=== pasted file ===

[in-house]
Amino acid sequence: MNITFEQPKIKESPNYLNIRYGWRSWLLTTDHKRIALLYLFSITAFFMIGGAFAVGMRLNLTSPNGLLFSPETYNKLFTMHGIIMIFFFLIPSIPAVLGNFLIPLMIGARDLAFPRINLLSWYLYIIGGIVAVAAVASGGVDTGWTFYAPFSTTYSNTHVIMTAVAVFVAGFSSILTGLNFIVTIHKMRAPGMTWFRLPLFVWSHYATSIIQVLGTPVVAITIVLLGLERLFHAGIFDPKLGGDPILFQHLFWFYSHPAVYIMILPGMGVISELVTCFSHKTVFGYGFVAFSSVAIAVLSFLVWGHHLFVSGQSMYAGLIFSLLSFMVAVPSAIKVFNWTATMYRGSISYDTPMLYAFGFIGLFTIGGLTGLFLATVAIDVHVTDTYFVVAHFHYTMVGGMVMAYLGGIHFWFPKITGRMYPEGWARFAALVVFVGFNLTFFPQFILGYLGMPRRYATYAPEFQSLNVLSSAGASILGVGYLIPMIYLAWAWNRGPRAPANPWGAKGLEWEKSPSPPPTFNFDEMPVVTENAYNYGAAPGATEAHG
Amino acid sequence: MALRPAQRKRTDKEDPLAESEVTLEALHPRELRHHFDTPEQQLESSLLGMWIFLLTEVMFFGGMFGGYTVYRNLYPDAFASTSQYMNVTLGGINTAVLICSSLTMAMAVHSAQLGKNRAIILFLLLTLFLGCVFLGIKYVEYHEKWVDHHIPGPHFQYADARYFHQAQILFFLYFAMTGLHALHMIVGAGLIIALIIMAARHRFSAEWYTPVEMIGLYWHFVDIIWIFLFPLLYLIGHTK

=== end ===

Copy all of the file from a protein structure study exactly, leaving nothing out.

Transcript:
[in-house]
Amino acid sequence: MNITFEQPKIKESPNYLNIRYGWRSWLLTTDHKRIALLYLFSITAFFMIGGAFAVGMRLNLTSPNGLLFSPETYNKLFTMHGIIMIFFFLIPSIPAVLGNFLIPLMIGARDLAFPRINLLSWYLYIIGGIVAVAAVASGGVDTGWTFYAPFSTTYSNTHVIMTAVAVFVAGFSSILTGLNFIVTIHKMRAPGMTWFRLPLFVWSHYATSIIQVLGTPVVAITIVLLGLERLFHAGIFDPKLGGDPILFQHLFWFYSHPAVYIMILPGMGVISELVTCFSHKTVFGYGFVAFSSVAIAVLSFLVWGHHLFVSGQSMYAGLIFSLLSFMVAVPSAIKVFNWTATMYRGSISYDTPMLYAFGFIGLFTIGGLTGLFLATVAIDVHVTDTYFVVAHFHYTMVGGMVMAYLGGIHFWFPKITGRMYPEGWARFAALVVFVGFNLTFFPQFILGYLGMPRRYATYAPEFQSLNVLSSAGASILGVGYLIPMIYLAWAWNRGPRAPANPWGAKGLEWEKSPSPPPTFNFDEMPVVTENAYNYGAAPGATEAHG
Amino acid sequence: MALRPAQRKRTDKEDPLAESEVTLEALHPRELRHHFDTPEQQLESSLLGMWIFLLTEVMFFGGMFGGYTVYRNLYPDAFASTSQYMNVTLGGINTAVLICSSLTMAMAVHSAQLGKNRAIILFLLLTLFLGCVFLGIKYVEYHEKWVDHHIPGPHFQYADARYFHQAQILFFLYFAMTGLHALHMIVGAGLIIALIIMAARHRFSAEWYTPVEMIGLYWHFVDIIWIFLFPLLYLIGHTK